Tigers Come From Behind To Beat Canton Lincoln 13-7
Forward Passes Turn Defeat Into Victory For Massillon Eleven
By LUTHER EMERY
Two frantic fourth period passes turned defeat into a 13-7 victory for Washington high school over Canton Lincoln here Friday evening and brought the Tigers their second triumph of the season.
The chips were down and the crowd of 16,000 was almost ready to concede the Lincoln Lions their first triumph in five years of Tiger competition when Sophomore Fullback Clarence Johnson stole the ball from Nelson Robertson, Lincoln fullback to give the Tigers the pigskin on the Lions 37-yard line.
Five minutes of the game remained and Lincoln was leading 7-6. Few in the stands expected the Tigers to come through for they had already passed up an opportunity to go ahead when they were thrown back after having a first down on the four-yard line.
The clock was clicking off precious seconds as Quarterback Jack Hill dropped back and fired a pass to End Ben Roderick who caught the ball on the 22-yard line and slipped to a knee just as he was about to break away.
Then came the payoff. Without hesitation, Hill called for another pass and picked out Al Brown in the end zone as the receiver. The Lions appeared to have Al well covered but he leaped high between two of them came tumbling down with the ball in his arms for the winning touchdown. Only four minutes and 15 seconds remained to be played and as it turned out it mattered naught that Gene Schludecker kicked the extra point from placement.
The pass brought a thrilling climax to a game that otherwise was very much on the dull side for all of three periods, since neither team up to that time had shown any great offense.
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THE PASS even sparked Lincoln to a new effort for it came back with the kickoff in an effort to ram a touchdown right down the throat of the Tiger and it looked as though it would succeed as the ball was marched back 57 yards to a first down on the 13. But Hill ended the threat when he intercepted Jack Christianson’s pass behind the goal for an automatic touchback that brought the ball into possession of Massillon on its own 20. The game ended one play later.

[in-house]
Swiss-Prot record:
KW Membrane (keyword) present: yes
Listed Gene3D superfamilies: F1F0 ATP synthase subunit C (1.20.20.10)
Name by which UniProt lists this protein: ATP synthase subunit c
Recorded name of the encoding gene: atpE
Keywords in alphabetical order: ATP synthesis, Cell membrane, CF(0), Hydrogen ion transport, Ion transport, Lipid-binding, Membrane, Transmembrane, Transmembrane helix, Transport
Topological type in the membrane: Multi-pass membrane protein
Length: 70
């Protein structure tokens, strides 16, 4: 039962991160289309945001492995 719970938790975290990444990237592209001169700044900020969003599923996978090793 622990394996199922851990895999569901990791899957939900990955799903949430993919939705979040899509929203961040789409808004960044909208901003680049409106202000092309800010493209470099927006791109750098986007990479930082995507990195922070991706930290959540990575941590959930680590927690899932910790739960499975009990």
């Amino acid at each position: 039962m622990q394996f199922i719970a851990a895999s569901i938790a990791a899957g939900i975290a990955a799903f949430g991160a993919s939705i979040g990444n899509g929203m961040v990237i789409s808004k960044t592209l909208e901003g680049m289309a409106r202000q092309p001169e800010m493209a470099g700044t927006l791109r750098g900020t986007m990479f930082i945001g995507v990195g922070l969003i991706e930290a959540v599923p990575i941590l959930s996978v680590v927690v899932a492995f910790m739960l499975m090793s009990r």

The best of the football game was packed into the last five minutes of competition, and save for a goal line stand by each team and a second period touchdown by each, fans on either side had little to cheer about, for the defense of both elevens outshone their offense, and that never makes for an exciting ball game.
Lincoln lost the game but beat the Tigers in the statistics. The Lions made seven first downs to Massillon’s four and gained the net total of 177 yards from scrimmage to the Tiger’s 149 yards.
The Tigers spent most of the evening trying to move the ball between the Lincoln tackles. They had very little success for the sum total of their efforts was 72 yards gained and nine lost. Not an end run was attempted. “Lincoln played its end too wide for us to try any sweeps,” Houghton said after the game. The Tiger coach was pleased with the sudden turn of events in the fourth quarter, saying “that will give Hill a lot of confidence in his passing.” He praised the Lincoln team for its defensive ability. “Lincoln was really keyed up,” he said. “And played a lot better brand of ball against us than it did against Canton Timken.” (The Lions beat Timken 13-12 two weeks ago in their opening game the only engagement played prior to last night.)
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THOUGH Lincoln’s hopes for registering its first victory over the Tigers in five years of competition were blasted, the Lions salvaged some consolation out of the contest, for it was the first time they had ever scored on the local team.
Hurled back once in the first period after covering a Tiger fumble on the three-yard line, Lincoln reached the Promised Land on the first play of the second period when Christianson fired a 30-yard pass that End Bruce Mase caught on the 10-yard line and raced over the goal. He also kicked the extra point and the visiting fans were delirious with joy.